It's not been a particularly good week for hackers, with the process of opening up a hardware platform under the spotlight for its links to piracy. However, the recent reverse-engineering of Microsoft's Kinect has showcased effectively how hacking can lead to an outpouring of homebrew innovation without any impact whatsoever on the livelihoods of those working in the games business.
The Kinect hardware was reverse-engineered to work on PC within days of its release, with hacker Hector Martin (a member of the Fail0verflow team now being targeted by Sony litigation) revealing that Microsoft had done nothing to protect the hardware from running on any platform that possesses the requisite USB connection (a PlayStation 3 hack is surely incoming at any moment). Kinect was effectively an open platform from day one, with the creation of the interfacing drivers the only task facing the "hackers".
Microsoft has acknowledged its own plans to bring Kinect to PC, but the homebrew credentials of the platform received a major shot in the arm when the technological architects of the core hardware - Israel-based PrimeSense - released official Kinect drivers along with an integration path to their own NITE middleware system: the so-called OpenNI initiative. At this point, it could be argued that Kinect "hacking" as such had become obsolete in favour of a new platform with public tools provided by the originators of the technology.
The provided tools certainly gave a massive boost to the community. The NITE software, for example, interprets the raw Kinect depth data and allows for skeletal recognition, amongst other things. In the space of mere weeks, Kinect operating on PC went from being a somewhat basic hack to something much, much more - the tools are there for homebrew developers to create their own "natural user interface" applications and games.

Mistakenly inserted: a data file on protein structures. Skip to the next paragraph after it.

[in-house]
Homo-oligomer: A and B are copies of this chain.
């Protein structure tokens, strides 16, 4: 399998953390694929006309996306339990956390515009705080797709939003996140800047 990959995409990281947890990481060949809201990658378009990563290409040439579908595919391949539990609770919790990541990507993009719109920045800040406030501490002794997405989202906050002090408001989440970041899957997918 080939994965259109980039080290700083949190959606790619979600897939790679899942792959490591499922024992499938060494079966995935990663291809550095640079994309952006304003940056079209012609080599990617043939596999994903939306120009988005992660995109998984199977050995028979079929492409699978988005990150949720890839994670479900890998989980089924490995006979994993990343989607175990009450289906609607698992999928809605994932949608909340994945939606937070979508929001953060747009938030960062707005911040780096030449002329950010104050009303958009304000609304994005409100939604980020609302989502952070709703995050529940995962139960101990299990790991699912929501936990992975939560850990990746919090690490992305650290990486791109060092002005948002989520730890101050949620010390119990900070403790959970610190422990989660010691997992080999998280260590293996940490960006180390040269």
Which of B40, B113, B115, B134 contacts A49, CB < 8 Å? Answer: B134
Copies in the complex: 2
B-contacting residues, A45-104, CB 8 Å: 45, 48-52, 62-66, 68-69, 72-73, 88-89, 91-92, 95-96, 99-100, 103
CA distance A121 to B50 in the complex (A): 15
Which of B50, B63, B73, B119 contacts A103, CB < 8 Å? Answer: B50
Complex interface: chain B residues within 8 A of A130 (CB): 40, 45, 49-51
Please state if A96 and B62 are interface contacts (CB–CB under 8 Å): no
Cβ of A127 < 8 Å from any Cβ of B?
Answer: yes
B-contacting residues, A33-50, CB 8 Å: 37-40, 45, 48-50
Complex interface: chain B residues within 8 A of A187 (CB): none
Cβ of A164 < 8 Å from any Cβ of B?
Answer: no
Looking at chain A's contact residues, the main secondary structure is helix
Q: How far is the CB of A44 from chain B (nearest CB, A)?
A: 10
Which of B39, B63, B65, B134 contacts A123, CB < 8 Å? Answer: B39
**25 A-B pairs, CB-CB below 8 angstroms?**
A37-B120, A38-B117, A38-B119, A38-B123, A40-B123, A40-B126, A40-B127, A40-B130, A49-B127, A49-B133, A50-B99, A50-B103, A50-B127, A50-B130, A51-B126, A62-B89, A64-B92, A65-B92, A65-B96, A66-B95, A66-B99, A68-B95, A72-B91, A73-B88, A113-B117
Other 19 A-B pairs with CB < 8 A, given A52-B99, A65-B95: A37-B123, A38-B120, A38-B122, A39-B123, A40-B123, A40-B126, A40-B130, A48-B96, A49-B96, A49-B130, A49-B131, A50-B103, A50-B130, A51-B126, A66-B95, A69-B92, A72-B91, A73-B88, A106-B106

One of the first truly impressive demos to showcase the potential of the tech was Oliver Kreylos' 3D video camera demo. In this groundbreaking experiment he combined the image from the conventional RGB camera with the depth data to produce a depth-based 3D webcam, that could also be used to accurately measure objects. Just about the only limitation we could see is the fact that there was only one set of depth data - so one object behind another could not be seen, for example. Despite misgivings that it wouldn't work, Kreylos enhanced his hack to work with two Kinect sensors, and the notion of an almost fully virtualised 3D space became a reality.
With the release of the official Kinect drivers and the OpenNI initiative, it wasn't long before homebrew coders started to experiment with the camera's suitability for integration into existing PC titles. To that end, FAAST (Flexible Action and Articulated Skeleton Toolkit) was released - a software suite that allows just about anyone with a small amount of technological knowledge to remap Kinect skeletal data to the more traditional mouse and keyboard inputs.
Already we have witnessed a range of games adapted: we've seen Super Mario Bros running with Kinect functionality and World of Warcraft control enabled with a puzzling and rather limited series of gesture-based controls. Demize2010 took the concept a stage further, combining Kinect and Wiimote PC implementations to allow for shooting games to operate more effectively.